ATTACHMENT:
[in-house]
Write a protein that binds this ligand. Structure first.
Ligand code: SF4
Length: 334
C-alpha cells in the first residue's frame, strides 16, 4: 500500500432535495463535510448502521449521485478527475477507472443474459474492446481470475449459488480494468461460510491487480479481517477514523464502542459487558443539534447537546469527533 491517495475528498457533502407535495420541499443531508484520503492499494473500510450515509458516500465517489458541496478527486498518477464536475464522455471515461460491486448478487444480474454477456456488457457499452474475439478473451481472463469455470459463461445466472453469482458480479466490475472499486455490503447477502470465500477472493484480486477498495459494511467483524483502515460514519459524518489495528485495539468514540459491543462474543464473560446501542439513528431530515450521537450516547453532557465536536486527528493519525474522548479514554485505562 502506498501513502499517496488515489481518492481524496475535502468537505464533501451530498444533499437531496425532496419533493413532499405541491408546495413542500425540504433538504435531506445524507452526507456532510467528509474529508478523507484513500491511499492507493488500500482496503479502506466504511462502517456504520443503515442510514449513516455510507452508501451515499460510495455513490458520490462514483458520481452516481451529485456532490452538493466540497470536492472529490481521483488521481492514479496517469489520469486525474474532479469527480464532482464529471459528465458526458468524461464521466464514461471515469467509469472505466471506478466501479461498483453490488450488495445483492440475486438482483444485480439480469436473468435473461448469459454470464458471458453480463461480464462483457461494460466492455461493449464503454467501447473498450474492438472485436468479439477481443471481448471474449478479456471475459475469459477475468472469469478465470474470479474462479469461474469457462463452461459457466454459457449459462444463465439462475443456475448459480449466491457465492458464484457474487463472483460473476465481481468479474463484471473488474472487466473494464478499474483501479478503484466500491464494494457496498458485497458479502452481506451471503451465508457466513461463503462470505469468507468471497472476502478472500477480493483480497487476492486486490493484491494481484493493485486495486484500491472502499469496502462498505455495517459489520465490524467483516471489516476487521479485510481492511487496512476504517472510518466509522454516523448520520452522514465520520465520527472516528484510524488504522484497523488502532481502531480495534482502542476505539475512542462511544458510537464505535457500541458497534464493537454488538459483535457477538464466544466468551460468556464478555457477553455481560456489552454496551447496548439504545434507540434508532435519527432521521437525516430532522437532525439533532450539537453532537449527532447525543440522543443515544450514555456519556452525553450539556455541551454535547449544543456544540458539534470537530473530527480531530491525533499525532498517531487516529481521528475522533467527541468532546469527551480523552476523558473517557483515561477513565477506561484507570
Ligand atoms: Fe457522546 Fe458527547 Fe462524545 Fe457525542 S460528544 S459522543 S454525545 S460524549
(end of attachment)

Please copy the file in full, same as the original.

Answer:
[in-house]
Write a protein that binds this ligand. Structure first.
Ligand code: SF4
Length: 334
C-alpha cells in the first residue's frame, strides 16, 4: 500500500432535495463535510448502521449521485478527475477507472443474459474492446481470475449459488480494468461460510491487480479481517477514523464502542459487558443539534447537546469527533 491517495475528498457533502407535495420541499443531508484520503492499494473500510450515509458516500465517489458541496478527486498518477464536475464522455471515461460491486448478487444480474454477456456488457457499452474475439478473451481472463469455470459463461445466472453469482458480479466490475472499486455490503447477502470465500477472493484480486477498495459494511467483524483502515460514519459524518489495528485495539468514540459491543462474543464473560446501542439513528431530515450521537450516547453532557465536536486527528493519525474522548479514554485505562 502506498501513502499517496488515489481518492481524496475535502468537505464533501451530498444533499437531496425532496419533493413532499405541491408546495413542500425540504433538504435531506445524507452526507456532510467528509474529508478523507484513500491511499492507493488500500482496503479502506466504511462502517456504520443503515442510514449513516455510507452508501451515499460510495455513490458520490462514483458520481452516481451529485456532490452538493466540497470536492472529490481521483488521481492514479496517469489520469486525474474532479469527480464532482464529471459528465458526458468524461464521466464514461471515469467509469472505466471506478466501479461498483453490488450488495445483492440475486438482483444485480439480469436473468435473461448469459454470464458471458453480463461480464462483457461494460466492455461493449464503454467501447473498450474492438472485436468479439477481443471481448471474449478479456471475459475469459477475468472469469478465470474470479474462479469461474469457462463452461459457466454459457449459462444463465439462475443456475448459480449466491457465492458464484457474487463472483460473476465481481468479474463484471473488474472487466473494464478499474483501479478503484466500491464494494457496498458485497458479502452481506451471503451465508457466513461463503462470505469468507468471497472476502478472500477480493483480497487476492486486490493484491494481484493493485486495486484500491472502499469496502462498505455495517459489520465490524467483516471489516476487521479485510481492511487496512476504517472510518466509522454516523448520520452522514465520520465520527472516528484510524488504522484497523488502532481502531480495534482502542476505539475512542462511544458510537464505535457500541458497534464493537454488538459483535457477538464466544466468551460468556464478555457477553455481560456489552454496551447496548439504545434507540434508532435519527432521521437525516430532522437532525439533532450539537453532537449527532447525543440522543443515544450514555456519556452525553450539556455541551454535547449544543456544540458539534470537530473530527480531530491525533499525532498517531487516529481521528475522533467527541468532546469527551480523552476523558473517557483515561477513565477506561484507570
Ligand atoms: Fe457522546 Fe458527547 Fe462524545 Fe457525542 S460528544 S459522543 S454525545 S460524549